One of the Lalon’s amazing songs. Listen for the one string Ektara 45 sec. into the music.
Twice a year Bauls (similar to Sufis) from Bangladesh and India visit Kustia to honor and celebrate the living legacy of the Lalon Shah (c.1774–1890). Lalon wrote hundreds of songs and texts that can’t really be translated from Bengal because of their subtle language and hidden meaning. His music is absolutely estatic. This yearly gathering (Mela) was like a Bangladeshi version of Woodstock. In addition to the Shadu’s (holly men) there were plenty of intellectual and artistic types from Dhaka to join in the festivities. Lalon Shah also had an influence on the poet Rabindranath Tagore, whose home is only five miles from Lalon’s shrine in Kustia. I’m very excited to see and edit the hi-defintion video from this gathering of saints.
Listen to the tension of this audio clip from last nights Puja
Durga Puja (worship of Durga) is one of the important religious festivals for Bengali Hindus. It celebrates the return of the Goddess to her family. In other parts of India, Durga is also worshiped, but under different names. Durga does not belong to the Vedic pantheon, but is a later Goddess. She came to be known as Durga after killing a demon named Durgo. She is also called Durga because she brings an end to all forms of misery.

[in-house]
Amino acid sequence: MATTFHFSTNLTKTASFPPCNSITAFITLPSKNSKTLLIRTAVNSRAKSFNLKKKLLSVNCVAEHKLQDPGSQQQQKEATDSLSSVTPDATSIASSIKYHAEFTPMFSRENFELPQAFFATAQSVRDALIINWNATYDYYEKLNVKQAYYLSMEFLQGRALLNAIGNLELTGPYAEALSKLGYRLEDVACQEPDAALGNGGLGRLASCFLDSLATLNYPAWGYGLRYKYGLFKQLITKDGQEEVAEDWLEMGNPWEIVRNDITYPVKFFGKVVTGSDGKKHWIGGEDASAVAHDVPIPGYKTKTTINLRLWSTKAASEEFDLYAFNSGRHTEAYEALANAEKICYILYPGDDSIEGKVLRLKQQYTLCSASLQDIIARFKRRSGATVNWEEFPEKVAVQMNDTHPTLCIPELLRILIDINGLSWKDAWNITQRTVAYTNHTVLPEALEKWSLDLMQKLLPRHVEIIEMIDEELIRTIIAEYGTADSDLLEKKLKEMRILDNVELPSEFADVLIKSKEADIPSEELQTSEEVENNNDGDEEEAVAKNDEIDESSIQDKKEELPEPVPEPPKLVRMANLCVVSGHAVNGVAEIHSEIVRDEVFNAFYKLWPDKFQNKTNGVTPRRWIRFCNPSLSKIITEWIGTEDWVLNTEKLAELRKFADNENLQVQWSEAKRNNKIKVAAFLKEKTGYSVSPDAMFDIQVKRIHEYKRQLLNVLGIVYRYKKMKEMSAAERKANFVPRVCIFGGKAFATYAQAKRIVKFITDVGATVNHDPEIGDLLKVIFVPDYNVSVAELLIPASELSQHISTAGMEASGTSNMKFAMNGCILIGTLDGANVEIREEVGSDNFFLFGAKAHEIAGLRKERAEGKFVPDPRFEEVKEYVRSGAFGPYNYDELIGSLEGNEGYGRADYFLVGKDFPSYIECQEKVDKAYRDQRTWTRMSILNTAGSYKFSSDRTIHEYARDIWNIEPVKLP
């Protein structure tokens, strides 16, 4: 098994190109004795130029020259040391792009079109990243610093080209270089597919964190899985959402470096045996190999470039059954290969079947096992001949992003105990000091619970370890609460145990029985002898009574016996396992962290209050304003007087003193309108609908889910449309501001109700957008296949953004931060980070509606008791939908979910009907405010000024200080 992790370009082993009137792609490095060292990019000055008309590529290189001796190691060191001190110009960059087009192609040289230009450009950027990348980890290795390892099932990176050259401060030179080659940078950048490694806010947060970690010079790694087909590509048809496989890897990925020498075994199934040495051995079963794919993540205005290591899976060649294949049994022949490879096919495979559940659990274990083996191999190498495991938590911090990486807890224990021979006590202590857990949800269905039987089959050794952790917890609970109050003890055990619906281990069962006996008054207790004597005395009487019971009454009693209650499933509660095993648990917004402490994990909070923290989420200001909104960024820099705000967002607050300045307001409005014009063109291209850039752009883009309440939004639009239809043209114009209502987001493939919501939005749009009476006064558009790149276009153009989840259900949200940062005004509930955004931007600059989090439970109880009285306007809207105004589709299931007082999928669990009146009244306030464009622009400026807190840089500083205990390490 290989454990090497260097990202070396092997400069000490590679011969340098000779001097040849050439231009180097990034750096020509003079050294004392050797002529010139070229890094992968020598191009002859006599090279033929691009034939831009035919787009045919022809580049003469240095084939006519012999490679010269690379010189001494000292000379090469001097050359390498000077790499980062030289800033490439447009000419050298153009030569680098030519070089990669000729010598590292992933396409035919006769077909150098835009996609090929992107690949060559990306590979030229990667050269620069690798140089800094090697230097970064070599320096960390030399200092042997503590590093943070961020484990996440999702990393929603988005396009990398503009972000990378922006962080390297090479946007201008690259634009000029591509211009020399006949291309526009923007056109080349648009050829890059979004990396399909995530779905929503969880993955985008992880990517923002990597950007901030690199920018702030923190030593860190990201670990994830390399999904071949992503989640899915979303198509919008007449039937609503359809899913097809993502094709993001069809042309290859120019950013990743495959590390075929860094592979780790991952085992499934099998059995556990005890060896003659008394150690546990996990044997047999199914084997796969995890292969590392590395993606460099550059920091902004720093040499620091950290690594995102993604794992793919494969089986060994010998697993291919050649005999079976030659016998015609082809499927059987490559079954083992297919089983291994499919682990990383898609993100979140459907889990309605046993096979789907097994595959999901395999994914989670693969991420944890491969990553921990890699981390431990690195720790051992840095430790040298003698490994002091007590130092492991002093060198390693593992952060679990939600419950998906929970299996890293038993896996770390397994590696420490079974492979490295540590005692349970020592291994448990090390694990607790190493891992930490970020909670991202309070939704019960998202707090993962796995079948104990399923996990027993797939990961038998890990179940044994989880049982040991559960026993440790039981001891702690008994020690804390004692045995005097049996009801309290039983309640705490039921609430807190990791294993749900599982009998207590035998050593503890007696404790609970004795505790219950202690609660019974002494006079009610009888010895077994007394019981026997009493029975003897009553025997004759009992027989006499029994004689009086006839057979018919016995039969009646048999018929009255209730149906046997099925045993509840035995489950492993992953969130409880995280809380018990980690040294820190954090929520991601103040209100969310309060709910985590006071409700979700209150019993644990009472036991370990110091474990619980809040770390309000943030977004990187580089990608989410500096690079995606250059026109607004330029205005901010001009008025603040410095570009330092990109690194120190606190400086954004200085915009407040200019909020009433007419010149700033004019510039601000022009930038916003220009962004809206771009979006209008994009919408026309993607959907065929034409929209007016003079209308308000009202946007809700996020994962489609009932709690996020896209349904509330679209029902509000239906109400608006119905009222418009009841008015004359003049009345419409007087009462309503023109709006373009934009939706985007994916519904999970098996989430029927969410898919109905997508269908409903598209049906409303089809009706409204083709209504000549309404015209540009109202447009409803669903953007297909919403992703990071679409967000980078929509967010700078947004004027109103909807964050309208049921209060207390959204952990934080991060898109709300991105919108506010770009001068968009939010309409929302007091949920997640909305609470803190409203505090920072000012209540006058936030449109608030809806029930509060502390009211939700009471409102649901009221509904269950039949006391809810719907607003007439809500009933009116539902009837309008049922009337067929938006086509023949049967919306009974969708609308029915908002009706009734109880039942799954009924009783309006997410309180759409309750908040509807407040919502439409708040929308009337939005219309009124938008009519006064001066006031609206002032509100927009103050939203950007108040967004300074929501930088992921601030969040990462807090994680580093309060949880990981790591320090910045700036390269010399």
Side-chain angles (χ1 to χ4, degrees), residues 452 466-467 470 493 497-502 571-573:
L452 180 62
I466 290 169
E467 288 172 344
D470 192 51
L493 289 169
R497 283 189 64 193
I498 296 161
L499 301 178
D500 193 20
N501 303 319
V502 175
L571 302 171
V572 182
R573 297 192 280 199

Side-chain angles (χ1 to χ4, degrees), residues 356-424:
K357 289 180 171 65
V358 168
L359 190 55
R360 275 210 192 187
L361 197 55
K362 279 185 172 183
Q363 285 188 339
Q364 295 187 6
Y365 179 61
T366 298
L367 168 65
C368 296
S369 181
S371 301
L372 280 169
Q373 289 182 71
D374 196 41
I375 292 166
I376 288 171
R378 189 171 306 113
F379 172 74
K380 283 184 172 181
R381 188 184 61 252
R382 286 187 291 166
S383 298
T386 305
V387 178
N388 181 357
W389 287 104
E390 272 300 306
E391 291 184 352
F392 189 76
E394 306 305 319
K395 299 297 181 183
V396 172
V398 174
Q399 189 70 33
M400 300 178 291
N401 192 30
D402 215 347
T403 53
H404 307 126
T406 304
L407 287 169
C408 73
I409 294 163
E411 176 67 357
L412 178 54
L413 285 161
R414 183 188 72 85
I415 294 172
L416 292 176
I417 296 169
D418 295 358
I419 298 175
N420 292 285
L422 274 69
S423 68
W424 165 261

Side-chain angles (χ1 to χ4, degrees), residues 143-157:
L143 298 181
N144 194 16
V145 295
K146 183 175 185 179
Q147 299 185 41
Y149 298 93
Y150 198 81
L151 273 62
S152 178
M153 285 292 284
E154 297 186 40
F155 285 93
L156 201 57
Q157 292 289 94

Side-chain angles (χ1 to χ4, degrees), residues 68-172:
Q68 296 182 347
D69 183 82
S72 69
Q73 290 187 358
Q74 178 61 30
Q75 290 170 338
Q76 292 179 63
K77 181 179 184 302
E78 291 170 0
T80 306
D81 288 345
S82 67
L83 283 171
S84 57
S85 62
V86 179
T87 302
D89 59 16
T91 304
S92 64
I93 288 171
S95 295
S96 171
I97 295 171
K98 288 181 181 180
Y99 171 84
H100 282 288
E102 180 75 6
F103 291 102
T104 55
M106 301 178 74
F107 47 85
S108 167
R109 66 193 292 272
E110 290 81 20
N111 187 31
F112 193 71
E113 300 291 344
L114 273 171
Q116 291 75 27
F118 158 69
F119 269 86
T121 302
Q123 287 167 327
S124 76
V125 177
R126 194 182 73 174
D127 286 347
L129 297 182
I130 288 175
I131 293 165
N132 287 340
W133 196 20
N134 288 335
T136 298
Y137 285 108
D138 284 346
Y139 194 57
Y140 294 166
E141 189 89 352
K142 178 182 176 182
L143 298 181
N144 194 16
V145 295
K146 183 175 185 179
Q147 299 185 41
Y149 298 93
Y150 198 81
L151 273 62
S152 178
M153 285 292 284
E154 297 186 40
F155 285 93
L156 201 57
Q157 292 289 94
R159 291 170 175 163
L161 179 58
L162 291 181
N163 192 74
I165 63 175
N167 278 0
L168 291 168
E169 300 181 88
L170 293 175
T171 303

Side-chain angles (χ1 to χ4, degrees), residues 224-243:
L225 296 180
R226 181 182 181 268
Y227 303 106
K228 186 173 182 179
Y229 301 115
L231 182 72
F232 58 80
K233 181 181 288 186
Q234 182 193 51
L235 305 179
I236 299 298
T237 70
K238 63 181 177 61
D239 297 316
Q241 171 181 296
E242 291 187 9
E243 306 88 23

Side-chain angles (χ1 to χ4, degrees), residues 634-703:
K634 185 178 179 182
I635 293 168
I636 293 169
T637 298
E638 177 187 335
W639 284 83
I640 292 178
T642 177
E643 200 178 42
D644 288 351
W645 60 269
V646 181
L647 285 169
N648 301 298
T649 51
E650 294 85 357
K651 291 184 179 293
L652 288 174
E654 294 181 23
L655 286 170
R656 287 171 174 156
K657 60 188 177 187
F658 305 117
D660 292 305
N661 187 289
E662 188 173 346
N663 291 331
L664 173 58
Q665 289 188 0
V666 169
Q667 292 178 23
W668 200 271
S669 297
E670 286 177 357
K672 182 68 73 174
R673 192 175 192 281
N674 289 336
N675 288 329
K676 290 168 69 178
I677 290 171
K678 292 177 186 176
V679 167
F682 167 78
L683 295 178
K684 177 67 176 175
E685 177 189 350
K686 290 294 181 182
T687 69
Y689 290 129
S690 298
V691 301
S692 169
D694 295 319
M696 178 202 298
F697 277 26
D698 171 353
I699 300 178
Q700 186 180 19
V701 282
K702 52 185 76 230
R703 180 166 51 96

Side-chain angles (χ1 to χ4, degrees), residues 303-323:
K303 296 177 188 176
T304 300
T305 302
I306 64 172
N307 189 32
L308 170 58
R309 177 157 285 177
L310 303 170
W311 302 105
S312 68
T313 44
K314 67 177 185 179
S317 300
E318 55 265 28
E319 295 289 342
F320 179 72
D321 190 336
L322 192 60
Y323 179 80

Durga Puja is a time when woman in Bangladesh return to their families home. On the last day of the festival, the statue of Durga is carried and released into the river, symbolizing the return to her husbands home. It is a day of immense sadness. Last night at three in the morning I was shaken by thunder and lightening so loud and strong that it felt like an earthquake. They say it always rains on this day to symbolize the tears that the people feel.
Call it prayer, flow, or truth. All of the world’s religions that we were born into seek to attain It. Perhaps there is no name ? To all my friends, family and readers: Happy New Year and Eid Mubarak.
“One such time I left town and on my way back, at a point where the land was high and I could see the sea to my left and down the road a long ways, I suddenly felt I was in heaven. The spot was in fact no different from when I passed it not long ago before, but my way of seeing it had changed. The feeling, a paradoxical mix of pulsing energy and profound peace, was intense and blissful. Whereas before the road, the sea, the trees, the air, the sun all spoke differently to me, now they spoke one language of unity. Tree took account of road, which was aware of air, which was mindful of sea, which shared things with the sun. I knelt a mortal; and rose an immortal. I felt like the center of a small circle coinciding with the center of a much larger one. Atman met Allah.”